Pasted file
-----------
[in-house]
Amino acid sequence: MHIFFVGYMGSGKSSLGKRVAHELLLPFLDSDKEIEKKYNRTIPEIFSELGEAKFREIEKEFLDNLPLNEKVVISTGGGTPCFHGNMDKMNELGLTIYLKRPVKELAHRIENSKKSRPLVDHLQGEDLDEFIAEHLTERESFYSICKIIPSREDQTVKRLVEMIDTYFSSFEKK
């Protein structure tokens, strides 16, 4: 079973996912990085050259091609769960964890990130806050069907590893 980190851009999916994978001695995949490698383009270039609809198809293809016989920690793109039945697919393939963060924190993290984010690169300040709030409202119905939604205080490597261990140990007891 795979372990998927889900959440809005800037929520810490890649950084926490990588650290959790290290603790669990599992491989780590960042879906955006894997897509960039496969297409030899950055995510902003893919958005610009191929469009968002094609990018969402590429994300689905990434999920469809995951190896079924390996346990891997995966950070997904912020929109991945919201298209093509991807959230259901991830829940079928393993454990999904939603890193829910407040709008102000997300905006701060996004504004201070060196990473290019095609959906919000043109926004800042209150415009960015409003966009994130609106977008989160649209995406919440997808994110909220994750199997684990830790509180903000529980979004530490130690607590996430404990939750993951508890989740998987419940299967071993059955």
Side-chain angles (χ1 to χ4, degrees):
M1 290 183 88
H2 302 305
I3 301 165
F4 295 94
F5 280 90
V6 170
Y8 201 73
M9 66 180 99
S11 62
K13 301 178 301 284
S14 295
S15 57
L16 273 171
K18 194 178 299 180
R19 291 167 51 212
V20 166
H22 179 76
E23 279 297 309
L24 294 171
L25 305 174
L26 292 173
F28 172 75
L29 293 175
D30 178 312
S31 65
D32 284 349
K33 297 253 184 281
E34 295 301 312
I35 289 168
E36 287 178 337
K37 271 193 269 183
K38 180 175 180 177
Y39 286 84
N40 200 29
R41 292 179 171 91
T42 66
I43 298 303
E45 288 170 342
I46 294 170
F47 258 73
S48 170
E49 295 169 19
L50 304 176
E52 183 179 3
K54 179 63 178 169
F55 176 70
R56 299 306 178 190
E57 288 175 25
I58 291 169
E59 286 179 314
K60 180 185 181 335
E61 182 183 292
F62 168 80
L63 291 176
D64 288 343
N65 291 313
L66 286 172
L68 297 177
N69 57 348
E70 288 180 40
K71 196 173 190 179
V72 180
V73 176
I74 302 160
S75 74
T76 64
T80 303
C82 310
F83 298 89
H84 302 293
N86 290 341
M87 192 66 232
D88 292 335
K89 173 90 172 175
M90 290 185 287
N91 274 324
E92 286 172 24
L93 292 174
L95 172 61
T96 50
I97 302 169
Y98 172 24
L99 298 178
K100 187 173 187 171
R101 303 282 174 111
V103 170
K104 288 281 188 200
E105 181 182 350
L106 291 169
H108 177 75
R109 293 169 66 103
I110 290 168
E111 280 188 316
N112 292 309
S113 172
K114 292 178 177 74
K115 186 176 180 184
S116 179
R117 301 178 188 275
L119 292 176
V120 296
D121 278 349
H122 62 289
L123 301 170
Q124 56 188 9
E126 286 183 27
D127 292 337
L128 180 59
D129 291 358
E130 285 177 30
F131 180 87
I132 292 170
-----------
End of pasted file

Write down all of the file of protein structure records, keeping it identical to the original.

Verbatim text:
[in-house]
Amino acid sequence: MHIFFVGYMGSGKSSLGKRVAHELLLPFLDSDKEIEKKYNRTIPEIFSELGEAKFREIEKEFLDNLPLNEKVVISTGGGTPCFHGNMDKMNELGLTIYLKRPVKELAHRIENSKKSRPLVDHLQGEDLDEFIAEHLTERESFYSICKIIPSREDQTVKRLVEMIDTYFSSFEKK
């Protein structure tokens, strides 16, 4: 079973996912990085050259091609769960964890990130806050069907590893 980190851009999916994978001695995949490698383009270039609809198809293809016989920690793109039945697919393939963060924190993290984010690169300040709030409202119905939604205080490597261990140990007891 795979372990998927889900959440809005800037929520810490890649950084926490990588650290959790290290603790669990599992491989780590960042879906955006894997897509960039496969297409030899950055995510902003893919958005610009191929469009968002094609990018969402590429994300689905990434999920469809995951190896079924390996346990891997995966950070997904912020929109991945919201298209093509991807959230259901991830829940079928393993454990999904939603890193829910407040709008102000997300905006701060996004504004201070060196990473290019095609959906919000043109926004800042209150415009960015409003966009994130609106977008989160649209995406919440997808994110909220994750199997684990830790509180903000529980979004530490130690607590996430404990939750993951508890989740998987419940299967071993059955």
Side-chain angles (χ1 to χ4, degrees):
M1 290 183 88
H2 302 305
I3 301 165
F4 295 94
F5 280 90
V6 170
Y8 201 73
M9 66 180 99
S11 62
K13 301 178 301 284
S14 295
S15 57
L16 273 171
K18 194 178 299 180
R19 291 167 51 212
V20 166
H22 179 76
E23 279 297 309
L24 294 171
L25 305 174
L26 292 173
F28 172 75
L29 293 175
D30 178 312
S31 65
D32 284 349
K33 297 253 184 281
E34 295 301 312
I35 289 168
E36 287 178 337
K37 271 193 269 183
K38 180 175 180 177
Y39 286 84
N40 200 29
R41 292 179 171 91
T42 66
I43 298 303
E45 288 170 342
I46 294 170
F47 258 73
S48 170
E49 295 169 19
L50 304 176
E52 183 179 3
K54 179 63 178 169
F55 176 70
R56 299 306 178 190
E57 288 175 25
I58 291 169
E59 286 179 314
K60 180 185 181 335
E61 182 183 292
F62 168 80
L63 291 176
D64 288 343
N65 291 313
L66 286 172
L68 297 177
N69 57 348
E70 288 180 40
K71 196 173 190 179
V72 180
V73 176
I74 302 160
S75 74
T76 64
T80 303
C82 310
F83 298 89
H84 302 293
N86 290 341
M87 192 66 232
D88 292 335
K89 173 90 172 175
M90 290 185 287
N91 274 324
E92 286 172 24
L93 292 174
L95 172 61
T96 50
I97 302 169
Y98 172 24
L99 298 178
K100 187 173 187 171
R101 303 282 174 111
V103 170
K104 288 281 188 200
E105 181 182 350
L106 291 169
H108 177 75
R109 293 169 66 103
I110 290 168
E111 280 188 316
N112 292 309
S113 172
K114 292 178 177 74
K115 186 176 180 184
S116 179
R117 301 178 188 275
L119 292 176
V120 296
D121 278 349
H122 62 289
L123 301 170
Q124 56 188 9
E126 286 183 27
D127 292 337
L128 180 59
D129 291 358
E130 285 177 30
F131 180 87
I132 292 170